Treatment in patients ineligible for ASCT
Melphalan-Prednisolone (MP) with the addition of bortezomib (Velcade®) is documented as better treatment than Melphalan-Prednisolone (MP- which previously was the standard treatment). Other drug combinations have not been tested against MPV. MPV is in Norway, and also in Europe, an established first-line treatment for patients not eligible for high-dose therapy with stem cell transplantation.
Lenalidomide-dexamethasone (LenDex) is approved as first-line treatment since 2015 after being superior to MPT (MP-thalidomid) in a clinical multicenter study. There are only indirect data on which patients who should have MPV and which ones who should have LenDex. But especially patients with renal failure, high risk cytogenetics or other signs of aggressive disease will often be prioritized for MPV. Elderly patients that are more fragile may be eligible to LenDex. Both MP and MPT have previously been standard first-line treatment.
Bortezomib-lenalidomide-dexamethasone (VRD), is since 2017 documented as a better treatment than LenDex in patients where high-dose treatment was not planned. However, the average age in the study was low, and a lot of these patients would be offered ASCT at Oslo University Hospital. This is probably the most potent regimen, and should be considered for patients who are believed to tolerate it. VRD is probably the best choice for fit patients not eligible for ASCT.
Both MP and MPT have previously been standard first-line treatment. Currently, there are no natural situations where these will be the first choice.
Treatment of patients <70 years
Standard treatment for patients <70 years of biological age with adequate general condition and good organ functions is ASCT (High-dose melphalan with autologous stem cell transplantation). Treatment-related mortality is around 1%.
The availability of new drugs such as thalidomide, bortezomib, and lenalidomide treatment give better response before ASCT and prolonged time to progression after ASCT. The induction treatment before ASCT is 4 cycles with combinations of myeloma directed drugs. Three regimes are in use in Norway today. One is a combination of cyclophosphamide, bortezomib (Velcade®) and dexamethasone, called VCD. The other is a combination of bortezomib, thalidomide and dexamethasone, so-called VTD and the third is VRD (bortezomib, lenalidomide and dexamethasone). VRD is by many considered as the best regime.
Conditioning with melphalan alone, without total-body radiation, is recommended. The dosage is usually 200 mg/m2, but the dosage could be reduced in elderly and in patients with renal failure. Tandem ASCT is currently carried out in selected patients with high-risk disease on FISH and suboptimal response of the first ASCT.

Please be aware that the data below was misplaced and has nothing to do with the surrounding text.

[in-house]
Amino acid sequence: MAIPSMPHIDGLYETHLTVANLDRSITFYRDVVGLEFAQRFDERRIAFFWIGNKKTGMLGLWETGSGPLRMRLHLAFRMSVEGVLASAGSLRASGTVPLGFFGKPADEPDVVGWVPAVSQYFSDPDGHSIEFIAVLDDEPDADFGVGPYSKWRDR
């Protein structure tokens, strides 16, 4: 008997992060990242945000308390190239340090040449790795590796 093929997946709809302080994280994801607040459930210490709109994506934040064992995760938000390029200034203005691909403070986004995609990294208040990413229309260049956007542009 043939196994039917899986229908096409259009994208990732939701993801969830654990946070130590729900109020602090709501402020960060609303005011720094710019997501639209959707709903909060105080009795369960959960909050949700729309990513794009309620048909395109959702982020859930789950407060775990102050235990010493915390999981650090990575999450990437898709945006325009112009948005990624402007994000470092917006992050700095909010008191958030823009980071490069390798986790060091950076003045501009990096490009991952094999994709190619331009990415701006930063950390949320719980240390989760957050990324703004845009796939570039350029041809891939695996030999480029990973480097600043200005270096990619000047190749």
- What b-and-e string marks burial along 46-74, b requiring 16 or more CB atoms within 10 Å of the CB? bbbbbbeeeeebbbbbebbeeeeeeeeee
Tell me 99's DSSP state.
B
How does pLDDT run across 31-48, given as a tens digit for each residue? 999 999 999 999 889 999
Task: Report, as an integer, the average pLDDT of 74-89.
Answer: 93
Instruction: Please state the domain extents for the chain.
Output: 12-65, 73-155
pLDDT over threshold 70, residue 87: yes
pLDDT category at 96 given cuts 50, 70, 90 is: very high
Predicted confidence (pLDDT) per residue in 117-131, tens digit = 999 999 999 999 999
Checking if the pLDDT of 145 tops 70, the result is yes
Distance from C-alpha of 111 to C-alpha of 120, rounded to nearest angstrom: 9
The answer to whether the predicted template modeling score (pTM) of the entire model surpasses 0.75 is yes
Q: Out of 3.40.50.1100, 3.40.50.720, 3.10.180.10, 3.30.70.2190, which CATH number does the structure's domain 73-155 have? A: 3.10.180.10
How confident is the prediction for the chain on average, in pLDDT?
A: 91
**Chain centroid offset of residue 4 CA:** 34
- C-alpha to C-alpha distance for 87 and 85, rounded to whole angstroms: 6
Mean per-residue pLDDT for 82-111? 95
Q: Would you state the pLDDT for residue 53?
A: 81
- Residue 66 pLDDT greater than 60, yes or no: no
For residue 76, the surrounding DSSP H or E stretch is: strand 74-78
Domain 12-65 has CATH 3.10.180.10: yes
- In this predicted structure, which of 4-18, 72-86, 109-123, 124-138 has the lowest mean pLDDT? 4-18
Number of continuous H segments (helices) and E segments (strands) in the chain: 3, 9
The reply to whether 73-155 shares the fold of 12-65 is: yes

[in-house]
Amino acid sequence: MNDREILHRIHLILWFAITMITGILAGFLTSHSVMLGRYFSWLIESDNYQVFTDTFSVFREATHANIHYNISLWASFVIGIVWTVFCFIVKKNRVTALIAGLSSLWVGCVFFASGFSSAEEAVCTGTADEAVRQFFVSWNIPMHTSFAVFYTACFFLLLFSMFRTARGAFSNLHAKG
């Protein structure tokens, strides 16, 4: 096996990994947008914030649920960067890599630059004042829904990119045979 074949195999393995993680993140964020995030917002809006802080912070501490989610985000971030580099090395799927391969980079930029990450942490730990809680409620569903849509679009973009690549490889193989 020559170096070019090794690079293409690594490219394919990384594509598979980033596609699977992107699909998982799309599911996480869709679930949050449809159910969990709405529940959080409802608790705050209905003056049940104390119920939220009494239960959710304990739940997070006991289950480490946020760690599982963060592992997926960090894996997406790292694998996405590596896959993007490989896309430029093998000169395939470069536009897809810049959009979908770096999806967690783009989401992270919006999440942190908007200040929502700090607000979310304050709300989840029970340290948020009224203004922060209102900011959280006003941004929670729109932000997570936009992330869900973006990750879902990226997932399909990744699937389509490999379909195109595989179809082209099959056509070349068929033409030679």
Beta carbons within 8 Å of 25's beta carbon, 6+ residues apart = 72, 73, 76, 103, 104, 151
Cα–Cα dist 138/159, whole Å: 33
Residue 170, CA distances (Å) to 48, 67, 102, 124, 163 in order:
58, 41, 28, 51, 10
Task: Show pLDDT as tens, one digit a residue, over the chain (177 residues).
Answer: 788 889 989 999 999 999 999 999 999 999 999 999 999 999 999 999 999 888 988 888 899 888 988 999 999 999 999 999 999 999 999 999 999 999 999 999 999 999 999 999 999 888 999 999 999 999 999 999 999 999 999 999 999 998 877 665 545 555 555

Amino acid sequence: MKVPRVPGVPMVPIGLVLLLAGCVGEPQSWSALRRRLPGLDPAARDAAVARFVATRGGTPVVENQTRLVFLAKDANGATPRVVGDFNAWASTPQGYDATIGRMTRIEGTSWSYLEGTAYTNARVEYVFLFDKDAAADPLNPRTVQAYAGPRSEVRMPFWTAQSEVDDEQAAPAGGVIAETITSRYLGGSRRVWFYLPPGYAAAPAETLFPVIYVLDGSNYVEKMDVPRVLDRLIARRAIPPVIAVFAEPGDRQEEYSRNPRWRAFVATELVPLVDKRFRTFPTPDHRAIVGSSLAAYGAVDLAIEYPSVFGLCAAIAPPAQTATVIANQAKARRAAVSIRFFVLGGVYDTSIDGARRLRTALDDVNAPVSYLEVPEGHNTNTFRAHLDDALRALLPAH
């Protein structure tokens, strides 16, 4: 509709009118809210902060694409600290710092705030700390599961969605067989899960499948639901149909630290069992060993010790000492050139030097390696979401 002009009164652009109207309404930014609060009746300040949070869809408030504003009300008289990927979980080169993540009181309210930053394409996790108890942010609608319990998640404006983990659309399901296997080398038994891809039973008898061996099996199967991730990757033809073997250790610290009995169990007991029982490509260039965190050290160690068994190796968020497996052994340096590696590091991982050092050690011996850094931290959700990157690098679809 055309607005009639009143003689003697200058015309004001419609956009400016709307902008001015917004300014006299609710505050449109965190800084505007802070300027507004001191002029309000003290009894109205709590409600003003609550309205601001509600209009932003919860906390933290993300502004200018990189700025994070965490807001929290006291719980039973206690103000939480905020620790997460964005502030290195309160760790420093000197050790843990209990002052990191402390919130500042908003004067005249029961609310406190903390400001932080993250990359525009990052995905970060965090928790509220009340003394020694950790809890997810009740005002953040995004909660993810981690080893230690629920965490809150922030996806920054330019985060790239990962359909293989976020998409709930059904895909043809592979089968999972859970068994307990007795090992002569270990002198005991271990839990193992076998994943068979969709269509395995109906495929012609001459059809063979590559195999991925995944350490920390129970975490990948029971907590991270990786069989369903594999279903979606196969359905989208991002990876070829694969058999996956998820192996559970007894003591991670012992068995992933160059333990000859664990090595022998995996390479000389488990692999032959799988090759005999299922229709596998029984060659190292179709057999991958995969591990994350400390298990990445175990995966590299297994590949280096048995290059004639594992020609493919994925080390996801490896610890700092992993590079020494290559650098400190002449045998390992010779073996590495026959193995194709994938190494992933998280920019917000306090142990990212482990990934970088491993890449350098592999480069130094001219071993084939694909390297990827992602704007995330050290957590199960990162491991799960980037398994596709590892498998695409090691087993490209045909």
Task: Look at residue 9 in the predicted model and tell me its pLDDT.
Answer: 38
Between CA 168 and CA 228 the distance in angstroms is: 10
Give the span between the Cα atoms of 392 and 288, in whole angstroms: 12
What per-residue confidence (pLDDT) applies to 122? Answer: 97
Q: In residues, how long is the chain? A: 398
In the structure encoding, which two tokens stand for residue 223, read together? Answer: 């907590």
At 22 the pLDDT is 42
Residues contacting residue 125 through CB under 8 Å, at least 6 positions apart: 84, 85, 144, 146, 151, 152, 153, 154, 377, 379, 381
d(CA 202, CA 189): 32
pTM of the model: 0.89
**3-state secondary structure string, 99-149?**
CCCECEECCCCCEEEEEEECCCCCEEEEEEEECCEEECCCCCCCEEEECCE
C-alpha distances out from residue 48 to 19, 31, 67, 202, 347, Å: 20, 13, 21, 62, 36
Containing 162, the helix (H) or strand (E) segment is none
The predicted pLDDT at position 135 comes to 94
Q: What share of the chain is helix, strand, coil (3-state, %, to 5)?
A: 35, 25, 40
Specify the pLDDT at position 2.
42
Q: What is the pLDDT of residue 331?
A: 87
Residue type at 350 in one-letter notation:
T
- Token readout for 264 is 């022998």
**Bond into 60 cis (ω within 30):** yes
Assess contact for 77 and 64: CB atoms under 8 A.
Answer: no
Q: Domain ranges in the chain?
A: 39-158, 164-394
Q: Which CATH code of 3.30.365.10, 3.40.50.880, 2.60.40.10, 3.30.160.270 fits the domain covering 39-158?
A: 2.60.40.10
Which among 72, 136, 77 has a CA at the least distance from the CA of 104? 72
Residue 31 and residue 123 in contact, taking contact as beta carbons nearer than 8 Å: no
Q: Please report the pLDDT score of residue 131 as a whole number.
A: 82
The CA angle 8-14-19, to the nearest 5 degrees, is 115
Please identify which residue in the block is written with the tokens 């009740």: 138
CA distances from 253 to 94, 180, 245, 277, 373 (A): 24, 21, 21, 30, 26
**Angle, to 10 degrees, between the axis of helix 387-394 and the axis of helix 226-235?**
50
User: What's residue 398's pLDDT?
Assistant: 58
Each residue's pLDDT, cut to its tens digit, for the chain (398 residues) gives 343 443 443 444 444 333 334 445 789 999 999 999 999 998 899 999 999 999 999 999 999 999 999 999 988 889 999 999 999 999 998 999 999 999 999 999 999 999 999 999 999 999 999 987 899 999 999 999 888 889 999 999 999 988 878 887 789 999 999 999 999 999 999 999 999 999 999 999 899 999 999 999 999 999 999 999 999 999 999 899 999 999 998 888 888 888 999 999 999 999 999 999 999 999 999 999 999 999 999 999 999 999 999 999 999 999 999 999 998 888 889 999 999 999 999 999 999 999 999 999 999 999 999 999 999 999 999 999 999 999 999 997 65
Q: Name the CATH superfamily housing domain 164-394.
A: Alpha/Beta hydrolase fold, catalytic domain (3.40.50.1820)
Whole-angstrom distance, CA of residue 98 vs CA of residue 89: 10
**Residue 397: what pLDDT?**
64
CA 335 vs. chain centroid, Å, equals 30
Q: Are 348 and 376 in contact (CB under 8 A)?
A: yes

ASCT prolongs survival in younger patients. Allogeneic stem cell transplantation has curative potential. However, the risk of fatal or troublesome side effects is so substantial that the treatment is rarely used. The treatment is not used in the routine treatment.
Patients who cannot be offered high-dose treatment are given myeloma directe drugs to improve quality of life and prolong survival.
Treatment of solitary tumor
A small amount of patients have a solitary tumor of monoclonal plasma cells (localized disease/plasmacytoma) either in bone or extramedullary. Some of these patients can be cured with radiation and/or surgery. However, these patients must be monitored carefully for possible development of multiple myeloma.
Treatment for patients with relapse and/or refractory illness
In younger patients where ASCT may be performed, high-dose melphalan gives the best prognosis. Replacing medication in the induction therapy increases the chance of better response and is recommended if possible.
Today there are many alternative drugs and drug combinations for use in relapse of myeloma. So-called «novel drugs» include anything but alkylating agents and corticosteroids.
The drugs can be divided into the following groups :
- Alkylating agents: Melphalan, cyclophosphamide, bendamustine
- IMiDs (Immunomodulatory Drugs): Thalidomide, lenalidomide, pomalidomide
- Proteasome inhibitors (PIs): Bortezomib, carfilzomib, Ixazomib
- Antibodies: Daratumumab, elotuzumab
- HDAC inhibitors: Panobinostat.
- Corticosteroids: Dexamethasone (Prednisolone is not used in case of relapse).
A lot of considerations must be considered when choosing a combination for the treatment of relapse, and there are many different opinions about this.
- If good tolerance and good bone marrow function are expected, the patient will most probably benefit from triplet therapy. That is, dexamethasone plus two drugs from different groups mentioned above. Currently, several regimes of this type are marketed in Norway, but no one are approved by the decision-making forum.
- In most cases, a novel drug should be included. It is reasonable to change the drug group in case of relapse. That is, if the previous treatment was based on an imide, it is reasonable to base the next one on a proteasome inhibitor, and vice versa. If using av proteasom inhibitor in relapse, carfilzomib should be preferred unless there is severe heart disease. If bortezomib, carfilzomib and lenalidomide have been tried, pomalidomide is the next natural agent and then panobinostat. Ixazomid, elotuzumab and daratumumab are all available in Norway, but are not approved by the decision-making forum. These should be prioritized as early as possible in the course of treatment, if they can be reimbursed.
- Side effects that have occurred must be considered when choosing drugs. Both bortezomib and thalidomide may cause neuropathy, and most drugs (with the exception of thalidomide) may cause bone marrow suppression.
Other considerations may also be relevant in the assessment, such as the patient's wishes and practical implication.